"the remarkable circumstance that though, so far as our present knowledge extends, there is one structural break in the series of forms of simian brains, this hiatus does not lie between man and the man-like apes, but between the lower and the lowest simians; or, in other words, between the old-and new-world apes and monkeys, and the lemurs. Every lemur which has yet been examined, in fact, has its cerebellum partially visible from above, and its posterior lobe, with the contained posterior cornu and hippocampus minor, more or less rudimentary. Every marmoset, American monkey, old-world monkey, baboon, or man-like ape, on the contrary, has its cerebellum entirely hidden, posteriorly, by the cerebral lobes, and possesses a large posterior cornu, with a well-developed hippocampus minor." ... "So far from the posterior lobe, the posterior cornu, and the hippocampus minor being structures peculiar to, and characteristic of man, as they have over and over again been asserted to be, even after the publication of the clearest demonstration of the reverse, it is precisely these structures which are the most marked cerebral characters common to man with the apes. They are among the most distinctly simian peculiarities which the human organism exhibits." ... "Man differs from the chimpanzee or the orang, so far as cerebral structure goes, less than these do from the monkeys, and the difference between the brains of the chimpanzee and of man is almost insignificant, when compared with that between the chimpanzee brain and that of a lemur."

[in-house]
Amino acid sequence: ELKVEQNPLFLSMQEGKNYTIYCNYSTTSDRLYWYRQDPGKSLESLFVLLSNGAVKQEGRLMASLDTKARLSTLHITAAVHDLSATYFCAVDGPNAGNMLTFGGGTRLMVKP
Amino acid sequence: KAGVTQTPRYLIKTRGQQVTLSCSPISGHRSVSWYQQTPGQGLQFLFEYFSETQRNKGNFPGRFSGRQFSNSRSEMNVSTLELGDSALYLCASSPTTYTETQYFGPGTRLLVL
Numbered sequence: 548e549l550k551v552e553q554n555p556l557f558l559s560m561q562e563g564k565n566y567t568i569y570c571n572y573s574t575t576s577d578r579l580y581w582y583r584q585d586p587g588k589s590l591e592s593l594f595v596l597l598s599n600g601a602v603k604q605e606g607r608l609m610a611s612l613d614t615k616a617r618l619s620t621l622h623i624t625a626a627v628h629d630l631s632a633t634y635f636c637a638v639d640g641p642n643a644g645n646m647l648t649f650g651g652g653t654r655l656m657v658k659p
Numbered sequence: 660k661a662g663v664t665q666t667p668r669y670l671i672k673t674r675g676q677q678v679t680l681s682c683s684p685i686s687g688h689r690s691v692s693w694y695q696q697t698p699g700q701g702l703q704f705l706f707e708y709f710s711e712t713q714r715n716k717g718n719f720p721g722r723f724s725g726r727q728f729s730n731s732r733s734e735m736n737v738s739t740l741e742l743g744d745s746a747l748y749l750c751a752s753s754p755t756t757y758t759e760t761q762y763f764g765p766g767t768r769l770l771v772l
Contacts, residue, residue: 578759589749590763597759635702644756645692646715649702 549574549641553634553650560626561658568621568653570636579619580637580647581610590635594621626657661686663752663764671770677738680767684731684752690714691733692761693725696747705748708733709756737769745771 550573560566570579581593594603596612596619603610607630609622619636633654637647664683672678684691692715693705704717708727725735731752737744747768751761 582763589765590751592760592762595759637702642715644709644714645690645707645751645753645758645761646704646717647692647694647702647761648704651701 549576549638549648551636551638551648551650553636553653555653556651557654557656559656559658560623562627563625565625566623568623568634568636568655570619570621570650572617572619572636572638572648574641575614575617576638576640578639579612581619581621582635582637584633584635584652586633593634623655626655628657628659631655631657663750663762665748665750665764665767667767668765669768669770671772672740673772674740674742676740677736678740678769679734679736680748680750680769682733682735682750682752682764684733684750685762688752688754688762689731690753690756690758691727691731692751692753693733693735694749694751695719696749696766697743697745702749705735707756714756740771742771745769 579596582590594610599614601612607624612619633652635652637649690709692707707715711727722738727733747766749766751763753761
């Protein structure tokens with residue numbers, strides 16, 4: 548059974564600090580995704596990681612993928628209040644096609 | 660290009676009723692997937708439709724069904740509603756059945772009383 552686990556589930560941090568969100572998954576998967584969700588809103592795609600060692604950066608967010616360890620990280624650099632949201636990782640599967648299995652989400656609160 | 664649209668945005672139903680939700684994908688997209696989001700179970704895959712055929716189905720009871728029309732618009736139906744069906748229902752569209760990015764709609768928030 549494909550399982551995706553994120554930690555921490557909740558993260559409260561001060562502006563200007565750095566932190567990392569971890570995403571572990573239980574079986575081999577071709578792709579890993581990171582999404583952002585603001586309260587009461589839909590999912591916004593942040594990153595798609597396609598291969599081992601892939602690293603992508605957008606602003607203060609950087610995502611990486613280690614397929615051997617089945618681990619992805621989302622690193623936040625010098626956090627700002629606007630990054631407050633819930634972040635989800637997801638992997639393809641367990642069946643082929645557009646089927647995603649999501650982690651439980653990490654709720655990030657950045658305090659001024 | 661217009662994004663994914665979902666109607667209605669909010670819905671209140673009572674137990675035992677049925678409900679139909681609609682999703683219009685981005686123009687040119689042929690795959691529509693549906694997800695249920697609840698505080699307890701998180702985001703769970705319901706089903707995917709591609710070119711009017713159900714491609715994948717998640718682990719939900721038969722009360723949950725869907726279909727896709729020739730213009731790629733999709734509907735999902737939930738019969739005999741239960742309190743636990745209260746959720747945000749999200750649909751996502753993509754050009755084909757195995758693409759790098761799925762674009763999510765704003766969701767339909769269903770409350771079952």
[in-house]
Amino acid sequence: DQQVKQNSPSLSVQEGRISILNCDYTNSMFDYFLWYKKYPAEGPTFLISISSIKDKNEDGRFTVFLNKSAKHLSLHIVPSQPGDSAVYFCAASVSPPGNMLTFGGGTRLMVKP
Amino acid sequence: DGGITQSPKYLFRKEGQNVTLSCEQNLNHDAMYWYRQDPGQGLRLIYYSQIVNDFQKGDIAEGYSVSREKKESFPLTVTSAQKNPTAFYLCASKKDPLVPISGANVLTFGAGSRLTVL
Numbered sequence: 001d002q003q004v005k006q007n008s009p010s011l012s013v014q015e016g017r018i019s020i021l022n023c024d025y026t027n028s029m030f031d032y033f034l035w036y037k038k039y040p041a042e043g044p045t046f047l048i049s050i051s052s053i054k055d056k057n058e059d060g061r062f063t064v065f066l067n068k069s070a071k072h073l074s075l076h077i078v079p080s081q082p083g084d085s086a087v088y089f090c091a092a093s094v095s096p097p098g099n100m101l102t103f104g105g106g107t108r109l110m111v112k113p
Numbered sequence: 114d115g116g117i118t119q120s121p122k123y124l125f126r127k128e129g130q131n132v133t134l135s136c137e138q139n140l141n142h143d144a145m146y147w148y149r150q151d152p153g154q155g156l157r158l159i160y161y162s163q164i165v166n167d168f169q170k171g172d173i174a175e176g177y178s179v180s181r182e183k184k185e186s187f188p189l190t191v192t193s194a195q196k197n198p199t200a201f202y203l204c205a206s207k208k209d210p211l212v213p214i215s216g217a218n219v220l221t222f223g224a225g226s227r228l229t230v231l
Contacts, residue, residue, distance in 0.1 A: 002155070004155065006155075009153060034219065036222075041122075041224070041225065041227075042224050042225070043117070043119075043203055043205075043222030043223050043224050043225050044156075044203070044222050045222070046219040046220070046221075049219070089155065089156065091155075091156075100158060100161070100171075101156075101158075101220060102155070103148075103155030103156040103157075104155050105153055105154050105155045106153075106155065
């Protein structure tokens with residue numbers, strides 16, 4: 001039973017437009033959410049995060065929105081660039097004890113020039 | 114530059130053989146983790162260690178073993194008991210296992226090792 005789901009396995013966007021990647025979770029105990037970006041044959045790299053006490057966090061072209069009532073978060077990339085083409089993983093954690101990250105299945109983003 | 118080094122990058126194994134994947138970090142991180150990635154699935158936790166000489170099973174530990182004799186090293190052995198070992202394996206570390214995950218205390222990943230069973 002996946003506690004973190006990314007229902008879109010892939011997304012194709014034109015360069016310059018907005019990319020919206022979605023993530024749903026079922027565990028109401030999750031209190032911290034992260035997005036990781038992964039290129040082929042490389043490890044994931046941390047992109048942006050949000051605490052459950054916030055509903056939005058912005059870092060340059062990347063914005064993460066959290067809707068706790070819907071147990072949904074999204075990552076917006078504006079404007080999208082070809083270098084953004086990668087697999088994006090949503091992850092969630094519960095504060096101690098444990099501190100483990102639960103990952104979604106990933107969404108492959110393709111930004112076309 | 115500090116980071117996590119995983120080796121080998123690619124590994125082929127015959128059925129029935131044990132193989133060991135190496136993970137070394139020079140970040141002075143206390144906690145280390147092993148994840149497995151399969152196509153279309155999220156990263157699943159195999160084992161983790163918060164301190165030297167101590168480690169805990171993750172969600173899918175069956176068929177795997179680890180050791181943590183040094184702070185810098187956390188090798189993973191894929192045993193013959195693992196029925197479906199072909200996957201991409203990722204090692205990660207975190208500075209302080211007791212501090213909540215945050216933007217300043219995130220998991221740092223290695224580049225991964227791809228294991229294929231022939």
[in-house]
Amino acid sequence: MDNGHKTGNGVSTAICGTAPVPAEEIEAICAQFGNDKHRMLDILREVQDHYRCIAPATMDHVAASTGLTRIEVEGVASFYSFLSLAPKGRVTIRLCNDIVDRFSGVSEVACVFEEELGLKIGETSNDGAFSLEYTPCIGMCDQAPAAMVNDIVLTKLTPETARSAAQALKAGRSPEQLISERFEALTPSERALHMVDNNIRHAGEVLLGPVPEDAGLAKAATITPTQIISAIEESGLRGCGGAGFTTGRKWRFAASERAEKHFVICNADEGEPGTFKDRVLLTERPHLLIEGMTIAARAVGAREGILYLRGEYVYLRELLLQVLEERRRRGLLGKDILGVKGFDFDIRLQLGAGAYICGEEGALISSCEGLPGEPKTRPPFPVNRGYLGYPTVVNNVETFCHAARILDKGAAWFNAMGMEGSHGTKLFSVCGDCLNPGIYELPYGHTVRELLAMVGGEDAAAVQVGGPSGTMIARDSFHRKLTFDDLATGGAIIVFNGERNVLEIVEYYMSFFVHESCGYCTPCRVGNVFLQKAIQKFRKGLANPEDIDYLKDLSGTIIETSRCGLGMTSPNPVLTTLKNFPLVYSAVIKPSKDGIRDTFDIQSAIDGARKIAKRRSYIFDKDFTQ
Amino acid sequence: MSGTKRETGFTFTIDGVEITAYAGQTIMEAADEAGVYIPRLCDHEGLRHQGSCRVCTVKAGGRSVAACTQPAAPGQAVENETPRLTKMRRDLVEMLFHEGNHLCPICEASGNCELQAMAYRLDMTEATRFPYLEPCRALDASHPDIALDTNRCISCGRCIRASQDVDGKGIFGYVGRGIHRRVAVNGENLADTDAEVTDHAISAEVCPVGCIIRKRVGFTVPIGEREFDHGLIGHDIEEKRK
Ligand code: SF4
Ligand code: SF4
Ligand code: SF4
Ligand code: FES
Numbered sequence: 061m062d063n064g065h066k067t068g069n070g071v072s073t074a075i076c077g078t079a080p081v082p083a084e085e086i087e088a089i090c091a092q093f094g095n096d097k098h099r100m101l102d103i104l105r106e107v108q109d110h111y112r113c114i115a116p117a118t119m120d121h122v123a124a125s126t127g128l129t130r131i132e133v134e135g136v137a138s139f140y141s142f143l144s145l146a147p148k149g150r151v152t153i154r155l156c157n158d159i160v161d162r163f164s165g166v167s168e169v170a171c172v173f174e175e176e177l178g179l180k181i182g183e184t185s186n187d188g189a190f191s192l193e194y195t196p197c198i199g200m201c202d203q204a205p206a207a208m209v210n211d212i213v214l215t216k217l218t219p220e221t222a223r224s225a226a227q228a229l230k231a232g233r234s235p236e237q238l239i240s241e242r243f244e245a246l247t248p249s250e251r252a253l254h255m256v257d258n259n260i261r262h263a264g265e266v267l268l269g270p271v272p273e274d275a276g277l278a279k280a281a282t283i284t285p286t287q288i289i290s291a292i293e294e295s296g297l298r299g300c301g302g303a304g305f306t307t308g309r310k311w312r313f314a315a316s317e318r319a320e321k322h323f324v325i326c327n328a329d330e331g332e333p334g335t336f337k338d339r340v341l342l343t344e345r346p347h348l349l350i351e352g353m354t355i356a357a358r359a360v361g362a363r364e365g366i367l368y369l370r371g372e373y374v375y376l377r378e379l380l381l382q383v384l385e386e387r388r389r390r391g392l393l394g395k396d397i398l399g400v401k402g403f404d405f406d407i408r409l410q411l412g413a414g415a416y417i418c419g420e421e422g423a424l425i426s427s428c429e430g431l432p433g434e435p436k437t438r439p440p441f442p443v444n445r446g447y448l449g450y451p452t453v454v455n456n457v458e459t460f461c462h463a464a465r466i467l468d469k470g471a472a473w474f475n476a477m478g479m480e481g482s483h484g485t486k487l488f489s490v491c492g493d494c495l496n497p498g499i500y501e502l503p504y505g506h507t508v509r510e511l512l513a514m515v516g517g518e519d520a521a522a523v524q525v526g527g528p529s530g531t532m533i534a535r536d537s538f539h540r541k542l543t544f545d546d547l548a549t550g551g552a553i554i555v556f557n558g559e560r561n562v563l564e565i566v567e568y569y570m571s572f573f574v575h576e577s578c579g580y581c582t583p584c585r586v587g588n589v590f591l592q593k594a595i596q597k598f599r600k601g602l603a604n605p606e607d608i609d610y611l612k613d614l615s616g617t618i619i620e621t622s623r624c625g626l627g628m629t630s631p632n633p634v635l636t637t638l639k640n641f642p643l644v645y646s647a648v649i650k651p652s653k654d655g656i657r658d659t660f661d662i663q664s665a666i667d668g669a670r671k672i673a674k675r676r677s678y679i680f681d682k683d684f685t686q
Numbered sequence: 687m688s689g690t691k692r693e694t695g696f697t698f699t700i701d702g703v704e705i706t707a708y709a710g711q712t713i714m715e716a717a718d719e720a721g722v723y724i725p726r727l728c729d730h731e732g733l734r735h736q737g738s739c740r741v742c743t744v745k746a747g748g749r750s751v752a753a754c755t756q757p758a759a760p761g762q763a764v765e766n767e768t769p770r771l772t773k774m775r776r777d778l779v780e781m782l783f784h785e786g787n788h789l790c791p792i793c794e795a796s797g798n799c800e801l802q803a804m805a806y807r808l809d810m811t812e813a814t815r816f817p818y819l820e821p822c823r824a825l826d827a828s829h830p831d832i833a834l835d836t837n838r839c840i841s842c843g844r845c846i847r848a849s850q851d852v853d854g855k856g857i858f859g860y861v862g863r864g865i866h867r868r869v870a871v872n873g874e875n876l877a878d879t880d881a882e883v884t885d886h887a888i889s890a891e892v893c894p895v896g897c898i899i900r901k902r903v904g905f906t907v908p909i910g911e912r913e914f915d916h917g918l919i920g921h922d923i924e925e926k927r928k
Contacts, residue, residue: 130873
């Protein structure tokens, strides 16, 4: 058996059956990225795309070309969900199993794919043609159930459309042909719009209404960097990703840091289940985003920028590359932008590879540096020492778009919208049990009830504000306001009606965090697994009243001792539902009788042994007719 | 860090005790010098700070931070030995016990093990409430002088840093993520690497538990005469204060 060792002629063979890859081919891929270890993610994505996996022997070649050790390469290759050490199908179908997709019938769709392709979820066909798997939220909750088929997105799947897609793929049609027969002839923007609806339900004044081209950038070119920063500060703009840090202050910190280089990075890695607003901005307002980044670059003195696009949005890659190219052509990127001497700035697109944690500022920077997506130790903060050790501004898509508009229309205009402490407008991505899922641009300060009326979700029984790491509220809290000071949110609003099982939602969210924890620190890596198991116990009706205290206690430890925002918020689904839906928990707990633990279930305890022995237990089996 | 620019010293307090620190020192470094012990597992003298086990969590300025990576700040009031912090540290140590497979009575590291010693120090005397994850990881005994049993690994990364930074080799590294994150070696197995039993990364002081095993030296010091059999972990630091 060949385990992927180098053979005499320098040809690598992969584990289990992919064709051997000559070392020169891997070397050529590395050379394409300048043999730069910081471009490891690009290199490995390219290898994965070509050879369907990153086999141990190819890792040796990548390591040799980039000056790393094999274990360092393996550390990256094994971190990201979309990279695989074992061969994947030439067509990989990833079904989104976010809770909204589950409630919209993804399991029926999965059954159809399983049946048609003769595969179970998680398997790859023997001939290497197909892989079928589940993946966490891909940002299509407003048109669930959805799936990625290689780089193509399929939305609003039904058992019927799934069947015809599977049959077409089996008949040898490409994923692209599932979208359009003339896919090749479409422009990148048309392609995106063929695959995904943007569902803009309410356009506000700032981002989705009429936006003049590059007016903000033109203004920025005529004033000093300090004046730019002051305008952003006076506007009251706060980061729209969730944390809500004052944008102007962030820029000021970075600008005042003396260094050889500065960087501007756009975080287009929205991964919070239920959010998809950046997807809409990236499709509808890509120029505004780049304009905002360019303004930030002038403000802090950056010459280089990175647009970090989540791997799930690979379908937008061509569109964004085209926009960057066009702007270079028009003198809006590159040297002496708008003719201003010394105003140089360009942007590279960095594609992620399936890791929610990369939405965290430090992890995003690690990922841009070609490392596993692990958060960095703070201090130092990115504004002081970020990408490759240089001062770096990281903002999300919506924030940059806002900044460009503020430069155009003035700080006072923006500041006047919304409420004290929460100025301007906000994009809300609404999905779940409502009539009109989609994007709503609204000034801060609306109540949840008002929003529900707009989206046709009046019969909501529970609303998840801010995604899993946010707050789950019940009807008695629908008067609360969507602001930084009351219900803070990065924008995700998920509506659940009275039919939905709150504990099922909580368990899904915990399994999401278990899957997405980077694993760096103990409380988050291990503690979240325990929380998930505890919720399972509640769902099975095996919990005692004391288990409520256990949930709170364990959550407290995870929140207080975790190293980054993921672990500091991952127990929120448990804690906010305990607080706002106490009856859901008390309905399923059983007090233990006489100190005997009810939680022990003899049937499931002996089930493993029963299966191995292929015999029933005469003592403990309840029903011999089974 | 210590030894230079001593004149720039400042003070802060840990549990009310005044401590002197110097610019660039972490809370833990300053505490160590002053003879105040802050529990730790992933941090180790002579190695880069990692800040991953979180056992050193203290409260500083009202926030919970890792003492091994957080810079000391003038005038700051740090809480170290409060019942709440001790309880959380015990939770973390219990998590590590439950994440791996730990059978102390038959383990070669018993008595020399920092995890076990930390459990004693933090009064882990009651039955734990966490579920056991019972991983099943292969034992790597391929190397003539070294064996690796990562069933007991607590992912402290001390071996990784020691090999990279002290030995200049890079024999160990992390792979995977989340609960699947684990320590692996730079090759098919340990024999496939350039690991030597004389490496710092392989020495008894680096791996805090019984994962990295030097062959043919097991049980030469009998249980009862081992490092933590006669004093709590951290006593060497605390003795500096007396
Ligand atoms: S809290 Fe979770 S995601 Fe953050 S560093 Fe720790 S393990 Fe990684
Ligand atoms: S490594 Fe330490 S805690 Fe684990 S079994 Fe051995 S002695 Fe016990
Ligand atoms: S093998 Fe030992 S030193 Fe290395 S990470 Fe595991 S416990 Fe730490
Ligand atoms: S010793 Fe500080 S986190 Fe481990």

Although Huxley found no structural differences between the brains of man and of anthropoid apes, he was careful to lay great stress on the important difference [164] in size and weight. A full-grown gorilla is nearly twice as heavy as a European woman, and yet the heaviest known gorilla brain probably does not exceed twenty ounces in weight, while healthy adult human brains probably never weigh less than thirty-one or thirty-two ounces. This difference is not of systematic importance; for cranial capacities shew that relatively and absolutely there is a greater difference in brain-weight between the lowest and highest human beings than there is between the highest ape and the lowest human being.